Whether or not it’s intended to be, this record is an open call for collaboration, seeking like-minded musicians (and maybe a sound engineer or producer) to join in the effort of making these songs come to life. As it is, Chancellorpink is the personal project—one gets the immediate sense that “pet” is too diminutive a description for how much is invested in it—of Ray McLauglin, a Pittsburgh part-time musician who’s spent the last several years writing songs and self-recording basement tapes to create the Chancellorpink persona. Unfortunately, like so many one-man home recording projects, this one fairly begs for some help from others. Although many of the tracks on this disc show promise in their present form—a mix of power pop, light psychedelia, murky ambience, and lo-fi aesthetics—the execution doesn’t really give them the life they might deserve. The vocals frequently come off as clipped, the mix is often strangely awkward (though, in many senses, that is the thematic mood of the album, so it may be deliberate), and the instruments are so distinct that they seem to be floating in a soup rather than interacting. Granted, that may just be the reaction of this reviewer. I tend to prefer my pop decently polished, and those who enjoy rough-hewn bedroom performance—those for whom Robert Pollard recording into a boom box and mixing on a 4-track sounds heavenly—will probably enjoy this a lot more, and the disc has gathered its fair share of acclaim in Pittsburgh press. But I know I’d enjoy tracks like “The Longest Nail”, “With You in the End”, and “Don’t Move Away” more if McLaughlin would let go a bit and not hug this music so close to his chest. As it is, only the intentionally simple tracks like “Sunday” seem to work in their current state. Without a collaborator or two to balance out the songs, either in performance or in production, this winds up feeling like a rough set of demos; a good reflection of isolation, yes, but underdeveloped.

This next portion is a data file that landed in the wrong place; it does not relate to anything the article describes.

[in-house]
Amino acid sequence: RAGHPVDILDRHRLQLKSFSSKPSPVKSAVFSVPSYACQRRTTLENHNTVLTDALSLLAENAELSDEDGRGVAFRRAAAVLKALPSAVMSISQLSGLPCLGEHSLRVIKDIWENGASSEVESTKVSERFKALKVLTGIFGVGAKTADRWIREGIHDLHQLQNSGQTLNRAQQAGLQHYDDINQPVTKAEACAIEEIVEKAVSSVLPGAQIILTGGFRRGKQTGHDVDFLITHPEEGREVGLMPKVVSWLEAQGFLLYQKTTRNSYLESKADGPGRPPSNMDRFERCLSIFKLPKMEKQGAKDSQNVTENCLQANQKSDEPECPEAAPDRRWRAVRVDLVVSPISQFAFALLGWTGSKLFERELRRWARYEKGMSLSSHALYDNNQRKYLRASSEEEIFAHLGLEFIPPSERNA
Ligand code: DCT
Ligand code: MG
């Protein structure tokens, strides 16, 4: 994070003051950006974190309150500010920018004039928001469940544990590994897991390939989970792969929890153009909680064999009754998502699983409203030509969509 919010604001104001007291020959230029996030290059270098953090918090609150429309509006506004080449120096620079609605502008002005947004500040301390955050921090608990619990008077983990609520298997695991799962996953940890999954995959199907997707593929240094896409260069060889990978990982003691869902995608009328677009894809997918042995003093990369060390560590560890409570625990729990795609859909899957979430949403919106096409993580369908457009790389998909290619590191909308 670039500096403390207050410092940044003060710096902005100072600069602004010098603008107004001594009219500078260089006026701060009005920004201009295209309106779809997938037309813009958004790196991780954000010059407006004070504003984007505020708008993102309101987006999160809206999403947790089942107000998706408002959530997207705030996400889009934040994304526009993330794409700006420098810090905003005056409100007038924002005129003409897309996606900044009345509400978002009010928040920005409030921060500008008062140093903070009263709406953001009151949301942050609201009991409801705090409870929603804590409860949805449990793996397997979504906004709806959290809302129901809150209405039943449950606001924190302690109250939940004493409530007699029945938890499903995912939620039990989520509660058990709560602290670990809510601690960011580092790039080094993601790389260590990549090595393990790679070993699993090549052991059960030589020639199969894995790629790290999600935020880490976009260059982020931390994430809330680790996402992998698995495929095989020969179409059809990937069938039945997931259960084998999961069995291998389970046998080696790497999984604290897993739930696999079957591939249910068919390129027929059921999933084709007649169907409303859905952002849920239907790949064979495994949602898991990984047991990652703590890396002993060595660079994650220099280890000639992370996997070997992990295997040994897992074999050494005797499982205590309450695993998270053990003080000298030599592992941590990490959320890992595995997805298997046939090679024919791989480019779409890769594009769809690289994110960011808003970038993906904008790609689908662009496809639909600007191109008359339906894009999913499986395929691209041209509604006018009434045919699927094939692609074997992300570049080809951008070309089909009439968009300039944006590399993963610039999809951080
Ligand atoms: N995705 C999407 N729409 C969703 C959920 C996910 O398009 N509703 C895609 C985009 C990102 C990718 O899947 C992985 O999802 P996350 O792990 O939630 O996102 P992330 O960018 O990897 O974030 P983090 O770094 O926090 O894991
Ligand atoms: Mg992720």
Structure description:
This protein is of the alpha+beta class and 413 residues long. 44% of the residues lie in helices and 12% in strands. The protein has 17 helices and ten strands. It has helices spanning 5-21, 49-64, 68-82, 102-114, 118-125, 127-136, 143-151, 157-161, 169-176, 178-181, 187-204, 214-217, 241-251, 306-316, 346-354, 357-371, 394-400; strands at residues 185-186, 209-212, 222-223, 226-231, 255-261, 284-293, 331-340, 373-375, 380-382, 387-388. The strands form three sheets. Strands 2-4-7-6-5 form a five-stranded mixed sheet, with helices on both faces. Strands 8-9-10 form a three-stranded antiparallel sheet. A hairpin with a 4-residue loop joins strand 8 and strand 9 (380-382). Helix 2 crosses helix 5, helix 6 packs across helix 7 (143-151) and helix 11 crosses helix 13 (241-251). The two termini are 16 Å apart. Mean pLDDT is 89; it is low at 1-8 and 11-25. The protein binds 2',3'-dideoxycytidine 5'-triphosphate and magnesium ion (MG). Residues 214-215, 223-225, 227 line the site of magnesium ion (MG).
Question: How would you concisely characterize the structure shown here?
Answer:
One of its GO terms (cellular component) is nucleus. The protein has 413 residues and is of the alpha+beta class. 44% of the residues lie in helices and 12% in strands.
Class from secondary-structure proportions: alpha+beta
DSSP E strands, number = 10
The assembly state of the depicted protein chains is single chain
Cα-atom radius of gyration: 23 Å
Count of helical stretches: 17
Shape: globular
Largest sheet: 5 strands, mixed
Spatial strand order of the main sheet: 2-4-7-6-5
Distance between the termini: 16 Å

// Sound Affects
"The man whose songs were recorded by Johnny Cash, Alan Jackson, Ricky Skaggs, David Allan Coe, The Highwaymen, and countless others succumbs to time’s cruel cue that the only token of permanence we have to offer are the effects of shared moments and memories.READ the article